The poor of Mexico, Central America and the Caribbean have long looked North for a better chance in life, braving the Florida Straits, wading across the Rio Grande or stealing through the rose gardens of suburban San Diego as prophets of a postmodern age when borders no longer hold. Now, in an historic shift from the days of anti-Yanquism, their governments and intellectual elites are looking North as well.
Except for Fidel and Venezuela's Hugo Chavez, who still seem enthralled by the romance of nationalist revolution, most of Latin America welcomes the integrationist vision of Mexican President Vicente Fox, a onetime salesman for that imperialist brew, Coca-Cola, as a sensible path forward for a region still weighed down by massive poverty and the backdraft of corruption. For Fox, only the rule of law, democracy and a common market with the United States will create a space free and wealthy enough to accommodate the aspirations of all Americans.
The Mexican writer Carlos Monsivais once remarked that because Mexico lacks opportunity, "Los Angeles has become the heart of the Mexican dream." Indeed, one-quarter of the working population of Fox's home state of Guanajuato live as migrants in the US. And a full 30 percent of all legal immigrants to the US these days, not to speak of those who cross the border illegally, come from Mexico. To bring the dream back home Fox, in effect, proposes to build a bigger house with his neighbor.
But, more than anything else, bringing opportunity back to Latin America must start with ending corruption. If there is a continental denominator in the recent political upheavals across the region it is the revolt against the impunity of a corrupt political class that, with notable exceptions like Chile, has Élled its pockets while leaving behind a legacy of economic stagnation and one of the world's worst maldistributions of wealth.
This revolt has taken varying forms, from Fox's surprise election after 71 years of perfect dictatorship in Mexico to the sudden fall of Alberto Fujimori and his spymaster Vladimiro Montesinos in Peru to the popular rise of Hugo Chavez in Venezuela with his resonant cry against "rotten elites."
In this hemisphere, though, it takes two to tango. Although it was California Governor Jerry Brown who first proposed a common market with Mexico back in 1979-an idea roundly rejected at the time by Mexico's nationalist leaders-few US politicians today are willing to embrace the boldness of Fox's vision.
President George Bush-the-younger has at least told Fox he "appreciates" his optimistic vision of Mexico's future convergence with the US so "people don't have to leave home to feed their family." Bush has, however, rejected Mexico's proposal for a European-style "development fund" to help close the gap as too bureaucratic and told Fox to look for resources in the marketplace.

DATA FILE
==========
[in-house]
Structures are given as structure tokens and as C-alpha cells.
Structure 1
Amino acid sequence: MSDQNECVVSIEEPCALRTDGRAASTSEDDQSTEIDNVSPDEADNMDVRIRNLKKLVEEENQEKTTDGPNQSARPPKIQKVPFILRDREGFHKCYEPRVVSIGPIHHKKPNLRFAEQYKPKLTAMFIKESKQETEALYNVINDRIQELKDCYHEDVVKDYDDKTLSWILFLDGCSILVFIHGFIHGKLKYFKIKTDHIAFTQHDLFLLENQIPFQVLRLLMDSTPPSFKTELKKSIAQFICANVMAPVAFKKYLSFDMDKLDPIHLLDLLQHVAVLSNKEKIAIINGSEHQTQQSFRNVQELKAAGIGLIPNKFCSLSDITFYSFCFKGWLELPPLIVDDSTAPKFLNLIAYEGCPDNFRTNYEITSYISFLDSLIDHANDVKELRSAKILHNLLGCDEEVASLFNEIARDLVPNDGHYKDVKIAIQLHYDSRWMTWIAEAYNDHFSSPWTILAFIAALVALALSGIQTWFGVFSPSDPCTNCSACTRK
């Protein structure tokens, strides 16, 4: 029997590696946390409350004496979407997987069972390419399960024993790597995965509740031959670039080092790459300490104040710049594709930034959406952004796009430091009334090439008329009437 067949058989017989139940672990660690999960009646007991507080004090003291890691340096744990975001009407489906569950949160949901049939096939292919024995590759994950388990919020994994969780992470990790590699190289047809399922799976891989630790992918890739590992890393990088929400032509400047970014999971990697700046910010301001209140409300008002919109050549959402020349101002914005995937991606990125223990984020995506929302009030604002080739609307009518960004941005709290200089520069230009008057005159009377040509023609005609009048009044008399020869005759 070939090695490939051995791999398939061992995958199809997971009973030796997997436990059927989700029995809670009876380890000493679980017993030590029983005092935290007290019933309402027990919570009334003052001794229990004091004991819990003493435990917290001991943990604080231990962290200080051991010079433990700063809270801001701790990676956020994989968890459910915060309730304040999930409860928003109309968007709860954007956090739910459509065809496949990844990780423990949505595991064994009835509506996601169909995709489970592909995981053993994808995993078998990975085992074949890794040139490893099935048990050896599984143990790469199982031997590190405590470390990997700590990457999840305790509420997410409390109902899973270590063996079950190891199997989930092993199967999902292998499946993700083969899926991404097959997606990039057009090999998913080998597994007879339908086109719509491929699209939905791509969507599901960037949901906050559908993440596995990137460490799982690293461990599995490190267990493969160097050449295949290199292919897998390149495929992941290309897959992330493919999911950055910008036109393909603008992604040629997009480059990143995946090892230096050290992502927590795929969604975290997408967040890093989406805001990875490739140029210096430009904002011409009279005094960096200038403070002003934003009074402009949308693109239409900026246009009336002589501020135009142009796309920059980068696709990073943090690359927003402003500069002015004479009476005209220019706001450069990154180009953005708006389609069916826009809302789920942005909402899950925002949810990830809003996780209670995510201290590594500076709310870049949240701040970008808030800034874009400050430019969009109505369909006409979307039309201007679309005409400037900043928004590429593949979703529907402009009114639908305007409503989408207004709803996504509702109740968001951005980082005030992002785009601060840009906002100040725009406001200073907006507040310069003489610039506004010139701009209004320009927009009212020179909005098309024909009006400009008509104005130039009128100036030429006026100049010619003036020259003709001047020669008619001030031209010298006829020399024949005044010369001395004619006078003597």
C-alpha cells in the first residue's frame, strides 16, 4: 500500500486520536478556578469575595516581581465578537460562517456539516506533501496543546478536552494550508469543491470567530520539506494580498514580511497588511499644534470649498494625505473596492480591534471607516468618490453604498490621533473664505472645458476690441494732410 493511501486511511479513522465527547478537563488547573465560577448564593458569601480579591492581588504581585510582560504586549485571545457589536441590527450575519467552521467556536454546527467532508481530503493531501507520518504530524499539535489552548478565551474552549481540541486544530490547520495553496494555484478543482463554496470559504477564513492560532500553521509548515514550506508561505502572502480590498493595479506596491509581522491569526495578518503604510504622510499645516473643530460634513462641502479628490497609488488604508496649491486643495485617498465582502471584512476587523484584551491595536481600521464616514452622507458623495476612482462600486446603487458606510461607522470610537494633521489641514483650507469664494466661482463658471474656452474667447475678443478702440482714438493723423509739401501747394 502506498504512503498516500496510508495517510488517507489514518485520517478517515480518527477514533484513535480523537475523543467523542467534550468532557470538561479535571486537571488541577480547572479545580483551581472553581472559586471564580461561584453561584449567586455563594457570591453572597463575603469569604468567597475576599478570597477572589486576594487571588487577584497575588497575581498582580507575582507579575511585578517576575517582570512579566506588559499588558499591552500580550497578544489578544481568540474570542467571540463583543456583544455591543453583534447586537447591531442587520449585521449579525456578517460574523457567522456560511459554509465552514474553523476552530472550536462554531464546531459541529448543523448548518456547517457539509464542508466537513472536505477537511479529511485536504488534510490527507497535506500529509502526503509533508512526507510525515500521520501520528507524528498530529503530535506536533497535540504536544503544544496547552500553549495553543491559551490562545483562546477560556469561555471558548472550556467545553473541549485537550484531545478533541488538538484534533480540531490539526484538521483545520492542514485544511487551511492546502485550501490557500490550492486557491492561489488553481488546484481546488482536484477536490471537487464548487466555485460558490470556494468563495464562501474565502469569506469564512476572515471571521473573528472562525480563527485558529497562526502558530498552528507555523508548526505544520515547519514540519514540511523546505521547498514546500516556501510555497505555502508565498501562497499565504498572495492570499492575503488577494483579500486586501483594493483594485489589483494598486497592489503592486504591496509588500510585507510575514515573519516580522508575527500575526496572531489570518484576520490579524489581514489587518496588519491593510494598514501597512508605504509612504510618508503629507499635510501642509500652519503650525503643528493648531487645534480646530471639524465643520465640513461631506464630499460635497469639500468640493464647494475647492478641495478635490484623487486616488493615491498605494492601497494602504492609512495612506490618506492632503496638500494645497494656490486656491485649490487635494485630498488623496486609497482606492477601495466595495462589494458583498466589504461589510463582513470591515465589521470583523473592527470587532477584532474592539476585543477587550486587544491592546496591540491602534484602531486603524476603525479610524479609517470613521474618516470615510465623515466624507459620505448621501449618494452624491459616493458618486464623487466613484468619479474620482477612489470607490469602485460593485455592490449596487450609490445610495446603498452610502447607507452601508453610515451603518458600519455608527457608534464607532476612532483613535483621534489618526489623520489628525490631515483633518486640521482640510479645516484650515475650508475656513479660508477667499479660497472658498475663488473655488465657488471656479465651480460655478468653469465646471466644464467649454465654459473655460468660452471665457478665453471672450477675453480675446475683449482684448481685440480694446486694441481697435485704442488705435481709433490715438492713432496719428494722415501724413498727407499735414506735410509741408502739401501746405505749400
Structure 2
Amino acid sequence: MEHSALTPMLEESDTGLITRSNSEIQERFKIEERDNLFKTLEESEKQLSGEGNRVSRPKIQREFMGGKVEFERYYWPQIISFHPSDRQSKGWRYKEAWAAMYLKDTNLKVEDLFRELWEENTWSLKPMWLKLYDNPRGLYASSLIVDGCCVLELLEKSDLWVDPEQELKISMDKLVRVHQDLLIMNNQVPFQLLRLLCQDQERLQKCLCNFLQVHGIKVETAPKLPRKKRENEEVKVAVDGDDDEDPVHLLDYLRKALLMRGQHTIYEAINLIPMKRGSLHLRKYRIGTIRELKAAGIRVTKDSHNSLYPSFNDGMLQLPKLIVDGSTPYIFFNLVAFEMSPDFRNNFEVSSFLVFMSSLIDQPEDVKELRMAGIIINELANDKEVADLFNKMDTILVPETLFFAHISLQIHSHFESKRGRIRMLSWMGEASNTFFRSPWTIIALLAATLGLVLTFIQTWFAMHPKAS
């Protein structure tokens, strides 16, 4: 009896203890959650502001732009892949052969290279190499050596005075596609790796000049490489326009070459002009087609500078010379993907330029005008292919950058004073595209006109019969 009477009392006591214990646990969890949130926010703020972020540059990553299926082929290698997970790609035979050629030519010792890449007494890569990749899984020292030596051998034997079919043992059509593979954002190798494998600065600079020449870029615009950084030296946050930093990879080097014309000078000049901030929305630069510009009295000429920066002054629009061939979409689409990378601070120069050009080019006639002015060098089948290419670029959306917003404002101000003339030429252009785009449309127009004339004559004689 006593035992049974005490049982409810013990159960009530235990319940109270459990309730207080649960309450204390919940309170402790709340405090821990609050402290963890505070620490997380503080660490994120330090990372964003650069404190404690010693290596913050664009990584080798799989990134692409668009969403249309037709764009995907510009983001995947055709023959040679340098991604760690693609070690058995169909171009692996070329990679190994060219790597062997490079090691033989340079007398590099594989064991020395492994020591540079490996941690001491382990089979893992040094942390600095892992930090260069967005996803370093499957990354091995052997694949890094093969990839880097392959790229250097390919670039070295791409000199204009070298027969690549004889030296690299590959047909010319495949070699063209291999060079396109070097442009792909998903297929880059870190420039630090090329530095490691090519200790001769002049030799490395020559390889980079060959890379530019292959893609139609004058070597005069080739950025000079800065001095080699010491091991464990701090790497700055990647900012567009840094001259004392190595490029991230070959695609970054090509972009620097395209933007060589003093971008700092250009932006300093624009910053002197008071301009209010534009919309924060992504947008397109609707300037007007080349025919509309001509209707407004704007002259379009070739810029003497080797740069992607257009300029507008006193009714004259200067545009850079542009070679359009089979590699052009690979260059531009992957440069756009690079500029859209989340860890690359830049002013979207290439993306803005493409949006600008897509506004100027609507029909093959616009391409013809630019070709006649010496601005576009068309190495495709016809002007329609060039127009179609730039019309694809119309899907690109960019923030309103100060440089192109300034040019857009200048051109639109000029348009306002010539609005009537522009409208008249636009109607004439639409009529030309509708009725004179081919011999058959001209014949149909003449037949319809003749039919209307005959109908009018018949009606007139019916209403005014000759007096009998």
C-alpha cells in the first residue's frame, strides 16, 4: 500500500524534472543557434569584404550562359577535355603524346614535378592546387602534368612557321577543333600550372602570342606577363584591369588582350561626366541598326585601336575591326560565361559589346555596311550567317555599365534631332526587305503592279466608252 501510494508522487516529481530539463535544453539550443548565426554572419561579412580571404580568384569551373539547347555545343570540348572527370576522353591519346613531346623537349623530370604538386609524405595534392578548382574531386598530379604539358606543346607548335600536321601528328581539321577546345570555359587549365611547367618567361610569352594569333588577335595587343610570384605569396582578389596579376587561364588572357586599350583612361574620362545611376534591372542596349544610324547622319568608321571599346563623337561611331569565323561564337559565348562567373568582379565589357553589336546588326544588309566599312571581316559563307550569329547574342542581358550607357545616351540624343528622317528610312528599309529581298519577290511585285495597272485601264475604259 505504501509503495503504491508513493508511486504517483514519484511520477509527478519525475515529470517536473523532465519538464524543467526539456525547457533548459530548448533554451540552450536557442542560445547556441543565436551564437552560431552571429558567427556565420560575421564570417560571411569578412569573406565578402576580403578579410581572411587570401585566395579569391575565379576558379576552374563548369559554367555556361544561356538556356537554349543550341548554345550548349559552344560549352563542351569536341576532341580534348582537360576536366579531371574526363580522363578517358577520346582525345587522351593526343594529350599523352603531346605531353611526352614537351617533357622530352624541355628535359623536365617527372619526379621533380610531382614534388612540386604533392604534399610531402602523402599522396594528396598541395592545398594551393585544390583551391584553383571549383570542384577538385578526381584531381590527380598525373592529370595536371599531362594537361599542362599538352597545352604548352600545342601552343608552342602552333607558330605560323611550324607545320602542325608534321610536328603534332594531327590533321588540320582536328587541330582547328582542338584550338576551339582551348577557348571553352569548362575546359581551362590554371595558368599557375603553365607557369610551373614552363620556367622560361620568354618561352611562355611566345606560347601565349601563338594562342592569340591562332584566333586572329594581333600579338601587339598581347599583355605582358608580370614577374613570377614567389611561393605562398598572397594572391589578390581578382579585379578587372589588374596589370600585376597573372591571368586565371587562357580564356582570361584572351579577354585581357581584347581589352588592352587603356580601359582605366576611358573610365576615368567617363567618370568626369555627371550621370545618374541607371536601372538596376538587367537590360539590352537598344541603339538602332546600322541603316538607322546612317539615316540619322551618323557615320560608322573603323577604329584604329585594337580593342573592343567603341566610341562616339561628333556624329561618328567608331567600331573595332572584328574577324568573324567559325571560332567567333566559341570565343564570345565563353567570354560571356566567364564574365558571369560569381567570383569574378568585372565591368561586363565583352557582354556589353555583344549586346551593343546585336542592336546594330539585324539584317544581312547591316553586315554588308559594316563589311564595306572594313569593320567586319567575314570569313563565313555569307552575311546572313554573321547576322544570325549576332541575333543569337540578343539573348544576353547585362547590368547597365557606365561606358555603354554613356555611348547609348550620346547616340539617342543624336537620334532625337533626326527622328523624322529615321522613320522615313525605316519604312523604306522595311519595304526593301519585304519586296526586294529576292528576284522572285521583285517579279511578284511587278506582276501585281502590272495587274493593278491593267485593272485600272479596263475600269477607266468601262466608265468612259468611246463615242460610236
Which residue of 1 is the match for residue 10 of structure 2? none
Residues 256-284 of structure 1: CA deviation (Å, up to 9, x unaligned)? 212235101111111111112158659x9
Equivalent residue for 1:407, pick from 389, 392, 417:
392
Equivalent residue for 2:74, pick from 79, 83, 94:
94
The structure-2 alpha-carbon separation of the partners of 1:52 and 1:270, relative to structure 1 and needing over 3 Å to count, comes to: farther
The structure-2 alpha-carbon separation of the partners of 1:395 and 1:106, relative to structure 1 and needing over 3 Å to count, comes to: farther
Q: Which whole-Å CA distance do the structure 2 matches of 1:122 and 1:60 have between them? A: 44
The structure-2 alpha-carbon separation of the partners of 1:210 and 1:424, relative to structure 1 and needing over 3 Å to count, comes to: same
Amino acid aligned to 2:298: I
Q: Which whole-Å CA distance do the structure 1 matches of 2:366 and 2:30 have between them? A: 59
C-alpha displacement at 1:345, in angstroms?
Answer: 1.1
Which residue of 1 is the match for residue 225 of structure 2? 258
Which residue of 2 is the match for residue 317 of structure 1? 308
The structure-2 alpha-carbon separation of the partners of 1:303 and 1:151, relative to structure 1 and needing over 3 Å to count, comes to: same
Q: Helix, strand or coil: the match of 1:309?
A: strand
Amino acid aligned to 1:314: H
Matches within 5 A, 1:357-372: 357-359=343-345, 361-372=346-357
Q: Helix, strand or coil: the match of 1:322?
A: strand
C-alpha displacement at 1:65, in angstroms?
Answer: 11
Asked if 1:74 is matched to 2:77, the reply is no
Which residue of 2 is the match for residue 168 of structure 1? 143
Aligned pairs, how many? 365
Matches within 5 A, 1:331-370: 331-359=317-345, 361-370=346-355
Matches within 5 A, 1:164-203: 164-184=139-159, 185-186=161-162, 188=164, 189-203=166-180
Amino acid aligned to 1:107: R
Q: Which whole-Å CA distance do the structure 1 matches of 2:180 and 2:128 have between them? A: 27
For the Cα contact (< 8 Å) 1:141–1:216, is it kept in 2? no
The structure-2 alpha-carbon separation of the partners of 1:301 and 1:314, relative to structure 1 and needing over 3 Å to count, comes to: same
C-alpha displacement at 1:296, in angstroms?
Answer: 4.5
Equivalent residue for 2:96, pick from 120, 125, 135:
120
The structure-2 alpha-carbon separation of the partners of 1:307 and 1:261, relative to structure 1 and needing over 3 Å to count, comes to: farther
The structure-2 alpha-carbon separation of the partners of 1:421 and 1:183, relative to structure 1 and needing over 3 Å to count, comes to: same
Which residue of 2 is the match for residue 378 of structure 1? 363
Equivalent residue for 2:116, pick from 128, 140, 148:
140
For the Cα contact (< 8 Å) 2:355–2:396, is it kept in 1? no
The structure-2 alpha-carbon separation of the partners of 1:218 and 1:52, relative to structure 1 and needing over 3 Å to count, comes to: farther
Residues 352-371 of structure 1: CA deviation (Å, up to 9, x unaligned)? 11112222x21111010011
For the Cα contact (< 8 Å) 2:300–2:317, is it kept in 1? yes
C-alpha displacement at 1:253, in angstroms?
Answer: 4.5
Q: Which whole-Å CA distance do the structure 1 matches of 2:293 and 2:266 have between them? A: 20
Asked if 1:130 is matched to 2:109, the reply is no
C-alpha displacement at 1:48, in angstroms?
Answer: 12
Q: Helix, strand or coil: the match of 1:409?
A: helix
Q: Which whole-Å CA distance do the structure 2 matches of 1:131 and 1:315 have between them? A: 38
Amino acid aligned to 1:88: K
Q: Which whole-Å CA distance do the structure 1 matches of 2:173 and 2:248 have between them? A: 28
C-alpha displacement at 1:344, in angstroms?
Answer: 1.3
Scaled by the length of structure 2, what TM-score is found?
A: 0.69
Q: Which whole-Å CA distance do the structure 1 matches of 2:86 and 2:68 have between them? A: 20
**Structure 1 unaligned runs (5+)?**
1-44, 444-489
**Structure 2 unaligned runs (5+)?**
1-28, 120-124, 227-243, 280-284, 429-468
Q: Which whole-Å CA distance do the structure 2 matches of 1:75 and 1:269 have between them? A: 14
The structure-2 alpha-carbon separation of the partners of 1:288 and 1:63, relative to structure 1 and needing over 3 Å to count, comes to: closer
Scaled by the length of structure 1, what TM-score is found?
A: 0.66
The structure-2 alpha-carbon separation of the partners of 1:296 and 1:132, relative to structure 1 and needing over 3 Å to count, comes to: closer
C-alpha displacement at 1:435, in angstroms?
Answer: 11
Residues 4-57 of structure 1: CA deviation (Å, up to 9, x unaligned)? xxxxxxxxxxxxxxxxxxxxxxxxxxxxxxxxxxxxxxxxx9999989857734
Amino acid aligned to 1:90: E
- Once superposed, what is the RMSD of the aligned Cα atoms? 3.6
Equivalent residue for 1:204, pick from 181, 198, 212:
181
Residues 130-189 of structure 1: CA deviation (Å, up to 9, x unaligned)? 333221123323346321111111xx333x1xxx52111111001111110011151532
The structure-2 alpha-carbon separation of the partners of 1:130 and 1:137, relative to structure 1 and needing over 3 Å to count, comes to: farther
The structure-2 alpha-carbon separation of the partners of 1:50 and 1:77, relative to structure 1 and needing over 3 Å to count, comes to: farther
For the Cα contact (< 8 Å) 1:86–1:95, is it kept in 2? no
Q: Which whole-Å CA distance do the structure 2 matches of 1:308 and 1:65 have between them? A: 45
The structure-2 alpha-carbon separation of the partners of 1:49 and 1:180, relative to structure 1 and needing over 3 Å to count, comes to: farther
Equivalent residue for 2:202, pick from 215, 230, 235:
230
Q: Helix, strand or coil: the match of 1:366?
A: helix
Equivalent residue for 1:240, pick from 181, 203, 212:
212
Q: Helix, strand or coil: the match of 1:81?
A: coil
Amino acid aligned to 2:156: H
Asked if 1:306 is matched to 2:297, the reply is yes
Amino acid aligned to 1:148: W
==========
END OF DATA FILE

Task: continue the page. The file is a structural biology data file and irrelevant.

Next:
As Fox has responded, it is doubtful that the market alone can do the trick. But in this case the devil may be in letting the ideologically shaded details bog down the long-term vision. The point is that it is profoundly in the US interest to help set Mexico on the path of convergence in any way it can. A country that is mostly middle class instead of mostly poor by 2050 will be a country where people stay home, insist on the rule of law and demand a cleaner environment.
NAFTA has already made Mexico the largest trading partner of the US, and it has brought jobs and new wealth to Mexico-at least from Mexico City northward. The central issue now is how to extend those benefits into places like Chiapas and the other still rural zones in Mexico's south, for example by using microcredit facilities to help lift millions out of absolute poverty, and to find ways to expand the middle class through programs as prosaic, but fundamental, as organizing a secondary mortgage market to finance broader homeownership.
There is plenty of room for creativity in leveraging "market resources" through government programs, as Fox himself already did as governor of Guanajuato where private remittances of Mexicans working in the US were matched dollar for dollar by the state government if they were invested in opening new shops or factories in the migrants' hometowns. Mexicans working in the US remit an astounding $8 billion a year to Mexico, a figure nearly equal to total annual foreign investment in the country.
Vicente Fox has proposed moving the fence posts of the Mexican ranchero to create a larger field for dealing with common problems. If the new US leadership responds with an equal sense of historical imagination, North America can offer an example to the world of how globalization can be made to work for rich and poor alike, even if they are historically contentious neighbors.
Nathan Gardels, editor, NPQ
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